introducing new Quail, HELP

malkered

Chirping
May 16, 2015
216
6
51
Brighton, United Kingdom
A couple of months ago we rescued 3 Quail from complete squalor who were packed in with 37 others just for their eggs.

We housed them in a converted, two level rabbit hutch with approximately 7 square feet of space although they never really ventured upstairs.

The 3 quail are 2 males and 1 female and seemed to live quite happily together.

The female lays an egg almost every day averaging five eggs a week.

I read that there should be more female than male quail in a group and as the eggs are so nice we decided to add another two females.

On first introduction the two new females were bullied so much that we separated them in the top floor of the hutch so that they at least got used to each other's presence if not used to sharing, they have been like this for a couple of weeks.

We read that, as the Quail are territorial that the problem may stop if we introduce them all into a new environment together.

This we have done but the female and one male immediately started to attack the two new birds whereas the second male didn't.

Initially the male was the worst aggressor so we removed him into a 'time out cage', the female then attacked the others and seemed to be calling for the isolated male. The female is now with the male and all is calm.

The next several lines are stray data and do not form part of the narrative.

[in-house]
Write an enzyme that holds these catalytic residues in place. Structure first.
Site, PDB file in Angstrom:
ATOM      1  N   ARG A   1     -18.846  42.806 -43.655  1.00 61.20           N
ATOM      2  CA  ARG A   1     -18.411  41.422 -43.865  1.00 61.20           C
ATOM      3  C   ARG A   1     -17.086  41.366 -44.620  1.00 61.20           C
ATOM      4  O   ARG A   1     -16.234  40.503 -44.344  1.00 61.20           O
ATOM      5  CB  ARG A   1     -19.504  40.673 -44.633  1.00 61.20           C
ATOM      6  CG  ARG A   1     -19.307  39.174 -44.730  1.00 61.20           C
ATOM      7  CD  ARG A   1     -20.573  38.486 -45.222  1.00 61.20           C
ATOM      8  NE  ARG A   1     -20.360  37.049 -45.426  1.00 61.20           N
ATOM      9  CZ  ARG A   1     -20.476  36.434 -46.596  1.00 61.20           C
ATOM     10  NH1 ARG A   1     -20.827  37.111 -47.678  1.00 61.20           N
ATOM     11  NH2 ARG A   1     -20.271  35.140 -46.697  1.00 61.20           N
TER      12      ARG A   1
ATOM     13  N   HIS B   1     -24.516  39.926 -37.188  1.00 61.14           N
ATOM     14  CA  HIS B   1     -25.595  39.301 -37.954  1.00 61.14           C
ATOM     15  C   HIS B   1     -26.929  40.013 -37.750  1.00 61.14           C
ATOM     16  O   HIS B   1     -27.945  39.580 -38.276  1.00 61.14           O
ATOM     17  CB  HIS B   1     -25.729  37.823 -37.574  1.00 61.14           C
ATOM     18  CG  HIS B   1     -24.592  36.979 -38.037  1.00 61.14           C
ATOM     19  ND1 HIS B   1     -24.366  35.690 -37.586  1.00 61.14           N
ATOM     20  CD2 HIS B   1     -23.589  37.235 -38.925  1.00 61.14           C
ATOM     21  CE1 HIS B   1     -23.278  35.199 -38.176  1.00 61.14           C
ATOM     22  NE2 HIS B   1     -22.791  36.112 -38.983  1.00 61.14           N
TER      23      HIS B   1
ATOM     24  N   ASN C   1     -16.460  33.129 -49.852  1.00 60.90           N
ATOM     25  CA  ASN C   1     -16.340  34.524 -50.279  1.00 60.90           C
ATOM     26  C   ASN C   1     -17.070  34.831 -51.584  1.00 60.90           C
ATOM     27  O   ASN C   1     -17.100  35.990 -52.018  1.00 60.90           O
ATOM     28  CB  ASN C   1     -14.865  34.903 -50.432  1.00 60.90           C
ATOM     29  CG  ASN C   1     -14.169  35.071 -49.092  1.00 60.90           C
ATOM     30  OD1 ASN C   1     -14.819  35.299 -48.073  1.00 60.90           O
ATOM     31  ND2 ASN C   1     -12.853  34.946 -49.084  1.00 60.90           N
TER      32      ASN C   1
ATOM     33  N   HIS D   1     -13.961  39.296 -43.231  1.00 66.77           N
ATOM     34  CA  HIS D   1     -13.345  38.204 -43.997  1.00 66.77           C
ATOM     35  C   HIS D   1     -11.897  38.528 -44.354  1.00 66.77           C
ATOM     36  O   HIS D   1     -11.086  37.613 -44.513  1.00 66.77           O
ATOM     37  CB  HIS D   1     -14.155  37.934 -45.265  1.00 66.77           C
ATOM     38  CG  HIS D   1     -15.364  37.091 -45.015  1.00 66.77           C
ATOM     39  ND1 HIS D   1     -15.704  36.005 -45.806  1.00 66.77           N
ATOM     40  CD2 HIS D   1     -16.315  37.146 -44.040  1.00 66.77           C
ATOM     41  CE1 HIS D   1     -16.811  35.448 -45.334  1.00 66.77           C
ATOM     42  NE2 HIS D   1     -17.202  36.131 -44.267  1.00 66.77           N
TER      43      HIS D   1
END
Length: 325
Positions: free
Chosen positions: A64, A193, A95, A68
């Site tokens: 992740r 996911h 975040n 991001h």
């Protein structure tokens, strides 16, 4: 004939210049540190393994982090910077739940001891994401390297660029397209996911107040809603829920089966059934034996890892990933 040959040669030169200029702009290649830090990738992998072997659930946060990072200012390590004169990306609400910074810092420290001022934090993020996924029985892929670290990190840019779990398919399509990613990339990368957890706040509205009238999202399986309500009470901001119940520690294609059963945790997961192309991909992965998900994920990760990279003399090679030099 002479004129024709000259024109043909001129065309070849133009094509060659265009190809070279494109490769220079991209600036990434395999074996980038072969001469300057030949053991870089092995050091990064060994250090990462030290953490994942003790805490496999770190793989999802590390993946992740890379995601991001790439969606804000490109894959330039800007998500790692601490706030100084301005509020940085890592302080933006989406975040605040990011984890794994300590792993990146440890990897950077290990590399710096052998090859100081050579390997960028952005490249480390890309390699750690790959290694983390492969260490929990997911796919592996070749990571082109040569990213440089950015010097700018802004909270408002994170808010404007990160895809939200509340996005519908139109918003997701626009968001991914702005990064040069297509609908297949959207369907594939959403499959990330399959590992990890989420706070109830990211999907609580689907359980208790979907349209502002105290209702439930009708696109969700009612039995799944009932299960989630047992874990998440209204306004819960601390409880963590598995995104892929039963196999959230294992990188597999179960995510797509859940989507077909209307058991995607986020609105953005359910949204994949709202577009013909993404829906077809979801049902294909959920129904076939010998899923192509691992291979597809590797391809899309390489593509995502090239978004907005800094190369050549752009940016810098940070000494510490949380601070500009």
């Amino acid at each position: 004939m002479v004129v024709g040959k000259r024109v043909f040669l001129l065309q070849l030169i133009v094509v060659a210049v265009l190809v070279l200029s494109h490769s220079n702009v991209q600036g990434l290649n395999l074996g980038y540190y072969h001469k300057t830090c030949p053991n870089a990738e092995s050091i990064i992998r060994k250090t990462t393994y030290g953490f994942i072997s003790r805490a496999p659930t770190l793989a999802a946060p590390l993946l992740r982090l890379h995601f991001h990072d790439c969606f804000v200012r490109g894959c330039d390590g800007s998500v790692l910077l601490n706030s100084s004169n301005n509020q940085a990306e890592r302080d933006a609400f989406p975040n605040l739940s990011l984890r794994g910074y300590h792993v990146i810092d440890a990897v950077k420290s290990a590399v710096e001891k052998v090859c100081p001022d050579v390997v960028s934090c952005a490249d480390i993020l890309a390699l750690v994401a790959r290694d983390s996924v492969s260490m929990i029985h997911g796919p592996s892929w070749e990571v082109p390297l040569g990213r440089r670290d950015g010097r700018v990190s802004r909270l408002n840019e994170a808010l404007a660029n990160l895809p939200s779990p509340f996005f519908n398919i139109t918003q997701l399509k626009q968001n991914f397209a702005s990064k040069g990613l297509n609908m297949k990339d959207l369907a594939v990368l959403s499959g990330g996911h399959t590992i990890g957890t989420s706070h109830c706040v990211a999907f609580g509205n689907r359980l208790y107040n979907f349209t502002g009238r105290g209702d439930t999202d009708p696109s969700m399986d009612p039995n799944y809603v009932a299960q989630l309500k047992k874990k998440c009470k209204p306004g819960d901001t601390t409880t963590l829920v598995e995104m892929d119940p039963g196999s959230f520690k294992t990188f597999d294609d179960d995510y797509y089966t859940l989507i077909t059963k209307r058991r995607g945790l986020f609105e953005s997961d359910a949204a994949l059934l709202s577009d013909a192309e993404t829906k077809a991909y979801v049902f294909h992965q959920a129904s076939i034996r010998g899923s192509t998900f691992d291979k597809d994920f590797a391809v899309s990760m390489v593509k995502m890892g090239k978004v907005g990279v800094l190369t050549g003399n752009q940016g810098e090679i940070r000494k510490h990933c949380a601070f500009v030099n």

Also, over the last couple of days the aggressive male has started to crow quite loudly.

Have these two birds paired up?

Should we persevere with integrating all 5 together or is the aggression likely to continue.

Please help!
 

TwoCrows

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You need to introduce new birds slowly into a flock. You can't just mix new birds in without chaos, blood and sometimes even death.

Keep the new birds in a sectioned off space or cage within the area your birds are in. Everybody sees, nobody touches. They will get to know each other from the other side of wire. Keep them right next to each other like this for 3 to 4 weeks. After this time you can mix them all together. Always add more feed and water stations as the old birds can guard these areas and starve out the new birds. And definitely give them all more room than the required room for this species, which you have already done.

It also helps to add cut branches or fake foliage to the hutch. Quail love to lurk and hide among brush in the wild and these new birds can seek shelter and feel safe under the leaves.

You will find that some birds never get along. They just do not like each other. So always be prepared to permanently remove bullies or any other bird that just does not fit in. You can mix and match until you find birds that do get along and keep them together.

And always keep the ratio of male to female correct for the species of birds you are working with.

Good luck!
 

malkered

Chirping
May 16, 2015
216
6
51
Brighton, United Kingdom
Thank you for your advice, you clearly are more knowledgeable than the guy who handed me the new quail who said they should be ok to go straight in!!